Author: Editorial Board, ANU
If you think your New Year hangover was bad, spare a thought for Sri Lanka. In 2022 what was once a dynamic economy on its way to high middle-income status became a cautionary tale of how rotten politics, and the bad policy it produces, can trump otherwise promising economic prospects.
As Dushni Weerakoon writes in this week’s lead article, a continuation of our Year in Review series on the major developments of the year across the region, Sri Lanka has set out on a hard road to recovery in a political environment not conducive to the structural reforms the country needs to achieve its potential.
In the short term, ‘Sri Lanka is banking on an IMF bailout to facilitate access to bilateral and multilateral financial support to get the economy back on track.’ Progress is being made in securing a deal, with the IMF agreeing access to US$2.9 billion under its Extended Fund Facility and the World Bank confirming Sri Lanka has ‘reverse graduated’ to be eligible for concessional finance under the International Development Association. But with Sri Lanka having an unwieldy mix of private and official creditors, the IMF program will require financing assurances and a good faith effort from creditors to restore debt sustainability before Sri Lanka is able to get the support it seeks.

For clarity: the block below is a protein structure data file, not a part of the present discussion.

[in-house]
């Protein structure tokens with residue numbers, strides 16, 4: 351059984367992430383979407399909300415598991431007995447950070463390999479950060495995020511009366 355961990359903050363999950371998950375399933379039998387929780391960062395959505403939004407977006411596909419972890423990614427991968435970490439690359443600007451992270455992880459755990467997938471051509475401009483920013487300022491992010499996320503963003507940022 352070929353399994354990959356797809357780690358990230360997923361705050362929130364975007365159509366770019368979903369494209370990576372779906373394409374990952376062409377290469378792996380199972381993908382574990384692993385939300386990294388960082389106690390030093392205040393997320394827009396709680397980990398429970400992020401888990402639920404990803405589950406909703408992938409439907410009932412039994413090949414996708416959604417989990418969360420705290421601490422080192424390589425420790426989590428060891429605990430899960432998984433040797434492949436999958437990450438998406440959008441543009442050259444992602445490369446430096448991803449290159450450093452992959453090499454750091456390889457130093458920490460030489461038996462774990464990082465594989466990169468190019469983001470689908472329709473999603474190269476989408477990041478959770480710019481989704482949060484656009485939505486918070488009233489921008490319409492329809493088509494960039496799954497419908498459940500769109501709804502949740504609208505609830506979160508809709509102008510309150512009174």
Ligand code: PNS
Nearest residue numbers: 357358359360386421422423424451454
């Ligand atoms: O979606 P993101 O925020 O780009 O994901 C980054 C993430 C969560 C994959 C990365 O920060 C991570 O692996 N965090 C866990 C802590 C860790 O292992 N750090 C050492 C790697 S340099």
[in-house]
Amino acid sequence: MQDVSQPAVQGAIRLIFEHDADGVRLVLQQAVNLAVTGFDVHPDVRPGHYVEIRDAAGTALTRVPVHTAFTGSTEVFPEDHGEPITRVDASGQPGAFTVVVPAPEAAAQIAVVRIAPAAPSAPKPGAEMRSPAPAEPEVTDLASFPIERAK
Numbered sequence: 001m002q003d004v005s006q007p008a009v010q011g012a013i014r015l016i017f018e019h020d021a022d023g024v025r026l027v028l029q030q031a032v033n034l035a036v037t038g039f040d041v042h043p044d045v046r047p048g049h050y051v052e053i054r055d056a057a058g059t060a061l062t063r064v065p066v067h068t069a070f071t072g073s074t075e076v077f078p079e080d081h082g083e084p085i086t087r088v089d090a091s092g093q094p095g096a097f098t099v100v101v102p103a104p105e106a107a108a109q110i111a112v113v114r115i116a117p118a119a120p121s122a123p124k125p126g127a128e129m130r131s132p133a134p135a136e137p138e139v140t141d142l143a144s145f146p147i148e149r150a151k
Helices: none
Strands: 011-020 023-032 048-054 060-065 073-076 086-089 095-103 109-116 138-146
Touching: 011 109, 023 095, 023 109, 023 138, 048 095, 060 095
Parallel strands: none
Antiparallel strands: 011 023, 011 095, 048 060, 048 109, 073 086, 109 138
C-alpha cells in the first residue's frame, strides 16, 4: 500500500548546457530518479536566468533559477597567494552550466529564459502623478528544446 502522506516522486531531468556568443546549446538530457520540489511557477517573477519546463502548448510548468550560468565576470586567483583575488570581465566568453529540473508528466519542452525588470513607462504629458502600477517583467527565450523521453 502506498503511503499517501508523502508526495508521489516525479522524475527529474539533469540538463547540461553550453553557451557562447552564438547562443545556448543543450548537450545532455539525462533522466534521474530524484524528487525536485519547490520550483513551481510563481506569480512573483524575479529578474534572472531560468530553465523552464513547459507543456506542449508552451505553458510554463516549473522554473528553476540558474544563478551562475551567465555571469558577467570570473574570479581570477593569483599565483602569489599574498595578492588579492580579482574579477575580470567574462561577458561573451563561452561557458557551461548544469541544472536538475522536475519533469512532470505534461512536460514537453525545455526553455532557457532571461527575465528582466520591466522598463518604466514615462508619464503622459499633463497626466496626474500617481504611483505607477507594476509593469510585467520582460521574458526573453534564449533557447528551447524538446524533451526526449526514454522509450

Further bad news, Weerakoon says, is that ‘the standard IMF policy prescription that demands stringent financial discipline means that adjustment costs will be front-loaded, preventing the government from spending its way out of recession. Accordingly, taxes are being hiked and expenditures are being cut’ to get the Fund’s money in the door.
From the IMF’s perspective, this is a feature of the Extended Fund Facility, rather than a bug. The IMF program is intended to help Sri Lanka restore macroeconomic stability and implement necessary reforms, including anti-corruption reforms, to address medium-term balance of payments challenges — rather than subsidising the government’s day-to-day expenses. ‘Even if everything goes according to plan, it will be another two or three years before the Sri Lankan public feels any real improvement in economic conditions.’